Specifically, 61 putative NR-targeting miRNAs were identified (Supplementary Figure 8). We used a bootstrapping approach to test if these 61 miRNAs were altered at the level of expression in PCa cohorts. Collectively, these 61 miRNAs were more significantly elevated in PCa samples than predicted by chance (p.adj = 0.02) and were reciprocal to the reduction of NR mRNA expression [7]. The miR-96-182-183 cluster was among the most commonly upregulated miRNAs. Although similar, base substitutions in the targeting regions of each miRNA suggest unique functionality (Supplementary Figure 9A). Only miR-96 and miR-182 have predicted target sequences in the RARG 3′ untranslated region (UTR) (Supplementary Figure 9B).

In both the MSKCC and TCGA-PRAD cohorts, RARG significantly and negatively correlated with miR-96-182-183 cluster members, but most strongly with miR-96 (Fig. 6a). Expression analyses in a panel of prostate cell lines (Fig. 6b) revealed miR-96 was elevated and RARG reduced relative to non-malignant RWPE-1 and HPr1-AR cells in all PCa cell lines examined. Profiling in PCa mouse models revealed reduced Rarg in both Pten−/− model [27] and to a greater extent in the TRAMP model [28] but not in Hi-MYC mice [29] relative to wild-type mice (Supplementary Figure 10A). Indeed, Rarg expression decreased with PCa development in TRAMP mice relative to age-matched wild-type controls (C57BL/6), and inversely correlated most significantly with elevated miR-96 expression (Pearson’s r = −0.88) (Fig. 6c, Supplementary Figure 10B). Furthermore, in the TRAMP model, significant expression changes were observed as early as 10 weeks of age, when the mice display prostate epithelial hyperplasia. Finally, the expression changes of RARG and miR-96 cluster members were validated in an independent cohort of 36 matching tumor/normal prostate tissue pairs obtained from Roswell Park, corroborating observations in TCGA-PRAD and MSKCC cohorts that furthermore associated with Gleason sum (Supplementary Figure 11A, B). Additionally, miR-96 expression in the TCGA-PRAD cohort associated with Gleason sum and clinical stage (Supplementary Figure 11C) and stratified patients based on shorter disease-free survival (p = 0.018, Supplementary Figure 11D). Together, these findings in murine and human prostate tissues suggest that increased miR-96 expression occurs early and is sustained in PCa development, correlates strongly with loss of RARG and associates with aggressive PCa outcomes.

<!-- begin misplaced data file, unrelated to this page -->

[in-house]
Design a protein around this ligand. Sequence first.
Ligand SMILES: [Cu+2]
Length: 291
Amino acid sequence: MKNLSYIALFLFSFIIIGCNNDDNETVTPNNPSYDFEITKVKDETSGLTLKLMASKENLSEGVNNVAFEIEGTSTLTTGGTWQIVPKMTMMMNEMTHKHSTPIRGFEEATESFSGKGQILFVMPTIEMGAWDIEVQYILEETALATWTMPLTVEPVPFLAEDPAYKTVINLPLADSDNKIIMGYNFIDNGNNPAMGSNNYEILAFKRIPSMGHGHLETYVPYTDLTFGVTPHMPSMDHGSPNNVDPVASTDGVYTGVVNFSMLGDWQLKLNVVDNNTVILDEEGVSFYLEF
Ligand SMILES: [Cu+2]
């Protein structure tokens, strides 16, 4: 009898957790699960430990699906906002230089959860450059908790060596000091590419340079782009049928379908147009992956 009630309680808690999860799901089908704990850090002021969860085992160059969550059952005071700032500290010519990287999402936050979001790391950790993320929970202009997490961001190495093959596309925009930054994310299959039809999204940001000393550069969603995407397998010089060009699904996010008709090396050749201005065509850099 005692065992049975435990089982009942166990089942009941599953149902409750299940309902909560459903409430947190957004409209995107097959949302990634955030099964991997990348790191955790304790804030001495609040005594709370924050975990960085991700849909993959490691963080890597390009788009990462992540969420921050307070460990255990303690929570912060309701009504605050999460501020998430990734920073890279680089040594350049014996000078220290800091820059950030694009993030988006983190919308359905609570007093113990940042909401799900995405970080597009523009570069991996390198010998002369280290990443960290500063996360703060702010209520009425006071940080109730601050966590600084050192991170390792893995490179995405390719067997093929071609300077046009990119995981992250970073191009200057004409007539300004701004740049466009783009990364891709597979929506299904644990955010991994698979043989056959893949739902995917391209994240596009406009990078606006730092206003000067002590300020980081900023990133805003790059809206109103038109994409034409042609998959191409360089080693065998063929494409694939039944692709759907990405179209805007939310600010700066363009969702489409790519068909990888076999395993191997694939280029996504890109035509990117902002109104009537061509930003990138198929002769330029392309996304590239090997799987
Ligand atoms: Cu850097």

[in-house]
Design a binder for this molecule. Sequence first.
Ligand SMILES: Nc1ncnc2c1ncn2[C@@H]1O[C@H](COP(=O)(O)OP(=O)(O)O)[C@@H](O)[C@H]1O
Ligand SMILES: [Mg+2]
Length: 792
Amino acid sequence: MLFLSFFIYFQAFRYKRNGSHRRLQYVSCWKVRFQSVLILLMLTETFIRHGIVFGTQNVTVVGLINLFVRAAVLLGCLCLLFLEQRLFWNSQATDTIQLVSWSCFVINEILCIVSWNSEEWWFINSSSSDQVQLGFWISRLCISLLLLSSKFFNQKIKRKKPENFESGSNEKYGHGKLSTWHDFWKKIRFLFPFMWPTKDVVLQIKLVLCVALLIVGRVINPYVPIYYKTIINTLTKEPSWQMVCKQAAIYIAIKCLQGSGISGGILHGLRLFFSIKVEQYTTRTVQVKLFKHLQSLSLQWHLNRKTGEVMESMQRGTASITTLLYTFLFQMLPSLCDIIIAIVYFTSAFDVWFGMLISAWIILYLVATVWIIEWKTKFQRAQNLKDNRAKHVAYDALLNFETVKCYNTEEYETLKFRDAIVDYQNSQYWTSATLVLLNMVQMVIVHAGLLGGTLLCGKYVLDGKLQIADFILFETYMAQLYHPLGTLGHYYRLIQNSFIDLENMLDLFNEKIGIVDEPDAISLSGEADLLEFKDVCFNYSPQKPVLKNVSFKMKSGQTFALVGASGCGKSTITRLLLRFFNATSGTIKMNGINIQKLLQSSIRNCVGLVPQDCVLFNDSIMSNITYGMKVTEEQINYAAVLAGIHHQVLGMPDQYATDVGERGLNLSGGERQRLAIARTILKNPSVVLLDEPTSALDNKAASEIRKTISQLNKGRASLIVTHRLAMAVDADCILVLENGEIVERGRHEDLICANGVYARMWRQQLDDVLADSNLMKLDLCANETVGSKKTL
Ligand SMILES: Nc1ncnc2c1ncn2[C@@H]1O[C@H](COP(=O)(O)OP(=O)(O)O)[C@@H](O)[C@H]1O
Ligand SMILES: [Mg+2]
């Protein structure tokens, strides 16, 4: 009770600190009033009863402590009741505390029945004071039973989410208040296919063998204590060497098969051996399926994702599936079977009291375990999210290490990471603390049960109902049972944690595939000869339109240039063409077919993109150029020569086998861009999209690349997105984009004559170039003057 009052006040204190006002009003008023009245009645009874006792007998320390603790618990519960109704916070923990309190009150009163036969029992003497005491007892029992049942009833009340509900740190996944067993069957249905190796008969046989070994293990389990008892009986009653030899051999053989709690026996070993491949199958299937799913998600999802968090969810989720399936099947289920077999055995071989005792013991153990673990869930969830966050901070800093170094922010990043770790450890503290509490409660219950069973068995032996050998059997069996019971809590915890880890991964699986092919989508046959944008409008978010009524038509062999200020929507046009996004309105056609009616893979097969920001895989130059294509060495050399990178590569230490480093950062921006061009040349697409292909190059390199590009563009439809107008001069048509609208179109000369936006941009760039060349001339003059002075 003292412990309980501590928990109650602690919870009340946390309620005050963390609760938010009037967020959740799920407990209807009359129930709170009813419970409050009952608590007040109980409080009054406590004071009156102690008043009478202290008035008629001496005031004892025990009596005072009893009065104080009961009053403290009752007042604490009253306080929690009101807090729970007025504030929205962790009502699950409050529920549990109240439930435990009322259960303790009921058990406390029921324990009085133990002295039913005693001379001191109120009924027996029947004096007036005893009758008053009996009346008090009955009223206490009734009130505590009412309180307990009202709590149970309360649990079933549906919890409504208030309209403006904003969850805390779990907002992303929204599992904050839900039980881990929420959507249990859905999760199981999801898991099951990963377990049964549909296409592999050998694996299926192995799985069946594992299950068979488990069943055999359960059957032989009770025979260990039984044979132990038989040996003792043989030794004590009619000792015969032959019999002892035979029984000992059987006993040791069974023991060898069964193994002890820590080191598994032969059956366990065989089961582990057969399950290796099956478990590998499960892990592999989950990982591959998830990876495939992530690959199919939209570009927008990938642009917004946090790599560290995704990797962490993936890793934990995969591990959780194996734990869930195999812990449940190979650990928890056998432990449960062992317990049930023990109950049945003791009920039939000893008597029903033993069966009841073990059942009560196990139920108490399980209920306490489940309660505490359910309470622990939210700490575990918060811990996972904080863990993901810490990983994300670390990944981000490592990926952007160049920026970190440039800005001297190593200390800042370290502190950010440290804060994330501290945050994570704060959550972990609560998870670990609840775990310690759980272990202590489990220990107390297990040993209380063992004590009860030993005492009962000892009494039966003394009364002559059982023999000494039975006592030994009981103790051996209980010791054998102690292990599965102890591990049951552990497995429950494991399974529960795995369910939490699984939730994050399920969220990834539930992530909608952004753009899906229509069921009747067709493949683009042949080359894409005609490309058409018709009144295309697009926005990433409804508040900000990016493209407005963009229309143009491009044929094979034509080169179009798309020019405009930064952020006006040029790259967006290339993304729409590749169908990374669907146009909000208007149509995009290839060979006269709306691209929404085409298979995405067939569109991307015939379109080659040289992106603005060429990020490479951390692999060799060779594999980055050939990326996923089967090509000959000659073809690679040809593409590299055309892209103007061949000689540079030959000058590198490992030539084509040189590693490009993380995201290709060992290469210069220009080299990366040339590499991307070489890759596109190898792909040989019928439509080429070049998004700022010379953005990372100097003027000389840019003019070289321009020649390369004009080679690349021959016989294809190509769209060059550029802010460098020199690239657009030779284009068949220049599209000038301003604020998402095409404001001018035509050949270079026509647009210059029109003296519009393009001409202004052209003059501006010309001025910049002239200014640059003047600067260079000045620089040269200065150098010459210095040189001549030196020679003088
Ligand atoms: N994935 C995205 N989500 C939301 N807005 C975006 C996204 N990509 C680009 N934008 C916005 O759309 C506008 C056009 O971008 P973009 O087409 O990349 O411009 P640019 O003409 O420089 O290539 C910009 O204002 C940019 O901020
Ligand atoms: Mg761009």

Fig. 6
Fig. 6